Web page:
Vital Signs

Adrian Pasdar, Diane Lane, Jack Gwaltney

Directed by Marisa Silver
Rolling Stone: star rating
5 0
Community: star rating
5 0 0
April 13, 1990

It's all here: Arthritic writing, atrocious direction, career-crushing performances. Critics are always bitching about having to endure bad movies without finding one bad enough to really enjoy. Well, this is it. I clocked a laugh a minute, not one of them intentional. The scene is med school, third year, the tough year, the time when budding docs leave the classroom and start touching sick flesh – under supervision, of course. It's The Paper Chase with stethoscopes.

Standing in for John Houseman as the grand old man is L.A. Law's Jimmy Smits. (This is a young picture.) Smits, playing Dr. David Redding, the chief of surgery, has two top candidates for the surgical residency: bachelor Michael (Adrian Pasdar) and married man Kenny (Jack Gwaltney). Though the competition is fierce, director Marisa Silver (Old Enough) films both the boys with such lipsmacking adoration that it looks more like a contest for cutest buns. The women contenders have it worse. Diane Lane – slumming here after her classy work in TV's Lonesome Dove – plays Gina, whose hotshot surgeon boyfriend, Dr. Ballentine (Bradley Whitford), tells her that the scalpel is no tool for her pretty little hands. Does she fight him? Nope, she sticks to pediatrics. Gina shakes in the operating room, cries buckets when a patient dies and indulges in a quickie with Michael in the supply room. Then there's Suzanne (Jane Adams), who gets all rattled when a love affair goes wrong. Laura San Giacomo – oh, what a fall from sex, lies, and videotape – is flustered, too, as Lauren, Kenny's neglected, nagging wife. And a woman directed this! Does the ERA have room for a hit list?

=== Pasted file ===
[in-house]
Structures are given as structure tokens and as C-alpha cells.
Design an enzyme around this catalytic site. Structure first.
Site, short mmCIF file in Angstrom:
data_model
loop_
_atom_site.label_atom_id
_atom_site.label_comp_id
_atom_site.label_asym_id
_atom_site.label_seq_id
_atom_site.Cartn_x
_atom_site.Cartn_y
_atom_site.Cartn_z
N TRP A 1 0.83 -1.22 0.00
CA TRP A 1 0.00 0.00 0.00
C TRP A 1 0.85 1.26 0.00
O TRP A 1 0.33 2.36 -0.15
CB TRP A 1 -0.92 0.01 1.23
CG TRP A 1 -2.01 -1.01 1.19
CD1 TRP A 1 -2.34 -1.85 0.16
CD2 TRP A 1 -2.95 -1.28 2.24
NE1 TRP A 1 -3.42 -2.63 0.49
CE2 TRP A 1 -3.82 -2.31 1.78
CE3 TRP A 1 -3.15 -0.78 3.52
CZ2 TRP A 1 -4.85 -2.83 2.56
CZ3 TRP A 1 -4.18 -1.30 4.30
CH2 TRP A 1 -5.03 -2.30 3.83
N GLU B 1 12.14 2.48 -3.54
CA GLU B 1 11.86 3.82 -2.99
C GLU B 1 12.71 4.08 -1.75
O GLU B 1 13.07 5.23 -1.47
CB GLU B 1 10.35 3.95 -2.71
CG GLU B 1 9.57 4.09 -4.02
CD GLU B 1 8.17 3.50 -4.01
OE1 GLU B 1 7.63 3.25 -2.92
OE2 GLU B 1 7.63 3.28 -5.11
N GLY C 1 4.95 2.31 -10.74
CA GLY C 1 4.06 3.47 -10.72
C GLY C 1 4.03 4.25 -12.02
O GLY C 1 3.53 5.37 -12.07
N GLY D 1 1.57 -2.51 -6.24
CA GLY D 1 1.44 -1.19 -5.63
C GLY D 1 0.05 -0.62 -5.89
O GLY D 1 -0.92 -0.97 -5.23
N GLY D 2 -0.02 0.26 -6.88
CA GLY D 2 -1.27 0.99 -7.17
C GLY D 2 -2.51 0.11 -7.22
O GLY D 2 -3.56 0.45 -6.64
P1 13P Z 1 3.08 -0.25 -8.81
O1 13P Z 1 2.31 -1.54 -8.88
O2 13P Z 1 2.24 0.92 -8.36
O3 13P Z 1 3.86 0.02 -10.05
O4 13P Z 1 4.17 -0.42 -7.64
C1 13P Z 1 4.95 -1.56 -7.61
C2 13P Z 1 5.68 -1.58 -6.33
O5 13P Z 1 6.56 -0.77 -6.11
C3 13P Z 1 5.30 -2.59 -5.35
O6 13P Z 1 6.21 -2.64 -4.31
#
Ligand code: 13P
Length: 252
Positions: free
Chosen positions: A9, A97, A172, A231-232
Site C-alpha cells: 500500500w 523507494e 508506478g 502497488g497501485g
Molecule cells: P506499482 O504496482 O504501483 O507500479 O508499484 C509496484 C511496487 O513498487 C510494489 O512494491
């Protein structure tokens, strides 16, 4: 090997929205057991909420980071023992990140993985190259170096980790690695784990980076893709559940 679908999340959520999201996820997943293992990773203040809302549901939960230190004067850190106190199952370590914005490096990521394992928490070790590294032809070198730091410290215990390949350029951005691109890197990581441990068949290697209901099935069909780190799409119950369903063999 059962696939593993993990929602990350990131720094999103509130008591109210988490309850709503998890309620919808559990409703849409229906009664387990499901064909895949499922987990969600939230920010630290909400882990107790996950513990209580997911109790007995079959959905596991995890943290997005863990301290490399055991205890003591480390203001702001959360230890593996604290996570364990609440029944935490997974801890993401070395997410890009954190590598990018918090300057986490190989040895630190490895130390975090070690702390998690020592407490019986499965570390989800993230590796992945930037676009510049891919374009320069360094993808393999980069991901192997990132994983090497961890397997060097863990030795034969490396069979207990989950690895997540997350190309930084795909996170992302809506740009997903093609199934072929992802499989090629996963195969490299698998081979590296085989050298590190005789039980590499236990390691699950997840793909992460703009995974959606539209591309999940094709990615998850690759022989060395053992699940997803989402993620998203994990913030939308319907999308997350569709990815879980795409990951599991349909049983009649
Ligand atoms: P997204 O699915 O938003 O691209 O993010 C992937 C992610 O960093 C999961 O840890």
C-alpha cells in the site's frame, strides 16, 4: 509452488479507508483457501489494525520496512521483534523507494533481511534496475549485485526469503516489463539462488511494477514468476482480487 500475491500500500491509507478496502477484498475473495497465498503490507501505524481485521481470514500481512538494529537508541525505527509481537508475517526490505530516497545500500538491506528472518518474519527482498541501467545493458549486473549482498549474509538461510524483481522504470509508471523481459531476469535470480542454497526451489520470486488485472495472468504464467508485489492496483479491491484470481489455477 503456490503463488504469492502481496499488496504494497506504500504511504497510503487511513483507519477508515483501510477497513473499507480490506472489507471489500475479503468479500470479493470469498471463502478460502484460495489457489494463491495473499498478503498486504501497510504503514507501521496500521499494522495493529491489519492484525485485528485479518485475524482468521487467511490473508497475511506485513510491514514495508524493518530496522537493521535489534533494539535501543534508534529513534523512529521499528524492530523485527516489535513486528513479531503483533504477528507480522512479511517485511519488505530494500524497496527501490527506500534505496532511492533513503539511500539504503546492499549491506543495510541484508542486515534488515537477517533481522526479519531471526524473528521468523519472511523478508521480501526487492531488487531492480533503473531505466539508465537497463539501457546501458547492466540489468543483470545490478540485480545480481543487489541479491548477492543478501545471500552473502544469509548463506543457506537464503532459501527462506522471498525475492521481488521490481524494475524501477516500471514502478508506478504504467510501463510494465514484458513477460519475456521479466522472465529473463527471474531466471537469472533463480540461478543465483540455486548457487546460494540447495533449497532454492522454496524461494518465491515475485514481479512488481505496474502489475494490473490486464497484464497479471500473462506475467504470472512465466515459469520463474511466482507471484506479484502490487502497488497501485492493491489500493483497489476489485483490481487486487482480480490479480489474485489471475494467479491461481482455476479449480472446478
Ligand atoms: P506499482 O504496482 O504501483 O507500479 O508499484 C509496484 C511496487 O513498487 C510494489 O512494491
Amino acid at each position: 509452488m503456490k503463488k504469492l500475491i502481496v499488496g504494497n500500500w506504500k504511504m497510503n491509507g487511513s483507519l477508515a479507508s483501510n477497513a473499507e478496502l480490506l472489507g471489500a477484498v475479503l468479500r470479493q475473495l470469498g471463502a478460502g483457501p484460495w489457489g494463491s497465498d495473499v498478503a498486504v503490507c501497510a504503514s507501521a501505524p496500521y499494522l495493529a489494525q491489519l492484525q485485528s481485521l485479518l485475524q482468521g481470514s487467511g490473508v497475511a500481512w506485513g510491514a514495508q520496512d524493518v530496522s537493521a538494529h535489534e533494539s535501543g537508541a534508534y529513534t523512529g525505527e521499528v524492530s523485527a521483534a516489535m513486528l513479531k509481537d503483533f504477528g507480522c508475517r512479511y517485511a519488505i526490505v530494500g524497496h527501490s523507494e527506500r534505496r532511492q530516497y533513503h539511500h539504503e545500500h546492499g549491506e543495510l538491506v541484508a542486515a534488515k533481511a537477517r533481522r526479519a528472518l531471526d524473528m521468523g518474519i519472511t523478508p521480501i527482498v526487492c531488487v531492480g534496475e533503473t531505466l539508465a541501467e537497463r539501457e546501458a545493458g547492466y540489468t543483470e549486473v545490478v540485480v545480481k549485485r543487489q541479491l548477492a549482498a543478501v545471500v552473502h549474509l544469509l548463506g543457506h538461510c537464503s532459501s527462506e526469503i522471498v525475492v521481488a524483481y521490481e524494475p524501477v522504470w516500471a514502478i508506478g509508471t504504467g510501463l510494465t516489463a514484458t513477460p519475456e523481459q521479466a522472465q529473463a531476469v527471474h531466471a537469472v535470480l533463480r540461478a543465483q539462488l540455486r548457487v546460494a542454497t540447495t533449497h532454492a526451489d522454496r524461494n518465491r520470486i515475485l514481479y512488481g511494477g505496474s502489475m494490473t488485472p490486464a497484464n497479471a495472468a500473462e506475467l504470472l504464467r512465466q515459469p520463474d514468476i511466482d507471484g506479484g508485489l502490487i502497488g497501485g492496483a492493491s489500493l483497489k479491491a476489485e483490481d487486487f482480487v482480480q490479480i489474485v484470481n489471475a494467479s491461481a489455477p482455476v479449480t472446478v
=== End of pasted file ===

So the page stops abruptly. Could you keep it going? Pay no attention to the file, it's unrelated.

Unredeemed by a sense of irony or shame, screenwriters Larry Ketron (Fresh Horses) and Jeb Stuart (Die Hard) come up with dramatic conflicts that went out with Dr. Kildare. The finale, in which the cast members pair off and dress up in photo-op style to toss balls, play kissy-poo and show off their haircuts, is a jaw-dropping howl. Okay, nobody puts a bedpan on his or her head. You can't have everything.

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